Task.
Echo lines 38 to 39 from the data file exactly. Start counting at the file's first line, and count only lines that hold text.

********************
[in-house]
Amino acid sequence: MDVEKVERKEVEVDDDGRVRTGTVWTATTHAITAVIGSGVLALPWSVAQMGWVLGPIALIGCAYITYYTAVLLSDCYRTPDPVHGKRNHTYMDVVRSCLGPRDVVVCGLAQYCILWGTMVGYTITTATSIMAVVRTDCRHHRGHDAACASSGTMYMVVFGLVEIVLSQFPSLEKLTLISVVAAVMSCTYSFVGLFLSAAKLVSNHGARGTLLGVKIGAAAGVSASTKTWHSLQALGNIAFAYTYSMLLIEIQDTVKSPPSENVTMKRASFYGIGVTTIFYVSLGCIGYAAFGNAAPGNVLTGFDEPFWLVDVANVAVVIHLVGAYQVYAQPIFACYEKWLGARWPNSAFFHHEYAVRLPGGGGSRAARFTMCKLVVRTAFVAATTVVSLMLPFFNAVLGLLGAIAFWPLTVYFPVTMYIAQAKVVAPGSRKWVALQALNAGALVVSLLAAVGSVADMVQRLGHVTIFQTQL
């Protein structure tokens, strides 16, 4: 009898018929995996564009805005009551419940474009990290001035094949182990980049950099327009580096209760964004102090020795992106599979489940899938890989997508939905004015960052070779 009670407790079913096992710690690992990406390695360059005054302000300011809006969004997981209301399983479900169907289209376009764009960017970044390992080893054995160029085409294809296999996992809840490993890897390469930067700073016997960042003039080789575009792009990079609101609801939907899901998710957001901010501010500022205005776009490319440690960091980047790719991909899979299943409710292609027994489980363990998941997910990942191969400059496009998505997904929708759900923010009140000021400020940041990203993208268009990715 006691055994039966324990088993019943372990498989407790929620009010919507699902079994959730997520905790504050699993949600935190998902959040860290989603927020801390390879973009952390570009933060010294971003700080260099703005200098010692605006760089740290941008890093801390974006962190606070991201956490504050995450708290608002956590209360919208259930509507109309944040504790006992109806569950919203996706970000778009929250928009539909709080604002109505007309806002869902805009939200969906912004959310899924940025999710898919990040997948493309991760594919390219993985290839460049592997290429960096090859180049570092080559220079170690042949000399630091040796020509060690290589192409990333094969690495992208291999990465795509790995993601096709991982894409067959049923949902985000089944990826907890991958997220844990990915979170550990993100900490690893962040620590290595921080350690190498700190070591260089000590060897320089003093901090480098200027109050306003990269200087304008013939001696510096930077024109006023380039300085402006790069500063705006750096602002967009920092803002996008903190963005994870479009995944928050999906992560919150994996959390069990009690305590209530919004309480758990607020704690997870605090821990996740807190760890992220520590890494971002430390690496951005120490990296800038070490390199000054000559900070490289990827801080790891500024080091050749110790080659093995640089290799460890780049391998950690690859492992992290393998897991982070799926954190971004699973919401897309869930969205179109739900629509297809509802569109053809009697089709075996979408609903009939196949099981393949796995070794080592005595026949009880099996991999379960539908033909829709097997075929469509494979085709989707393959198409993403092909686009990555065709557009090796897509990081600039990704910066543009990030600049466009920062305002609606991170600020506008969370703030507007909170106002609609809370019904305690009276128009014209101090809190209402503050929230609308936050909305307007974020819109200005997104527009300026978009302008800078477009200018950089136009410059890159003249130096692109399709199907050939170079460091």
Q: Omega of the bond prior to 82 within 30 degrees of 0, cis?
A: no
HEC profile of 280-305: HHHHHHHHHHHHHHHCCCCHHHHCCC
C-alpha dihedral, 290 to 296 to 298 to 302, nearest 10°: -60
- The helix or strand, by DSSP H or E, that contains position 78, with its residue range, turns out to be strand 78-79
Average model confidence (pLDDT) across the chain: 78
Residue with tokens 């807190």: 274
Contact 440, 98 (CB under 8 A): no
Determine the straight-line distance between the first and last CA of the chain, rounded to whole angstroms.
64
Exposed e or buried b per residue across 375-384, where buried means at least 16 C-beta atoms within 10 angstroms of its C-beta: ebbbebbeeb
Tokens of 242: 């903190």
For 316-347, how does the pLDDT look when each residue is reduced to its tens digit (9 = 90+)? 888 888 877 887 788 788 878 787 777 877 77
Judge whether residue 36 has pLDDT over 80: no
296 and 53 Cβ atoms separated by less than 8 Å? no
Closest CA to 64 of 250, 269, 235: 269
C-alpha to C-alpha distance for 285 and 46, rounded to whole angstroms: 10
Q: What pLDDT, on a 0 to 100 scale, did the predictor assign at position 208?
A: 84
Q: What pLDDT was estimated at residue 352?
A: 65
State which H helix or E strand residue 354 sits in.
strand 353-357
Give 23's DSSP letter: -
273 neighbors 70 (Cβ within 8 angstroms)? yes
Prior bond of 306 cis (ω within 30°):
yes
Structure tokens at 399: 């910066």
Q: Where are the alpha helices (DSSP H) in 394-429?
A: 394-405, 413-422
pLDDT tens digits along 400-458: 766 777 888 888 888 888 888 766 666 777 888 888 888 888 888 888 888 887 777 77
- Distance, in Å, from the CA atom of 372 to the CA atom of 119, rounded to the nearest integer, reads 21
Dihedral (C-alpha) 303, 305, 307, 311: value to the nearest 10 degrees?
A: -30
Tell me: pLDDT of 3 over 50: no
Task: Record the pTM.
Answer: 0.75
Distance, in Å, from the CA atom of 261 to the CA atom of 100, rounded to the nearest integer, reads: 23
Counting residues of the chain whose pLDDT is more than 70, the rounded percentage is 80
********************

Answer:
Tell me: pLDDT of 3 over 50: no
Task: Record the pTM.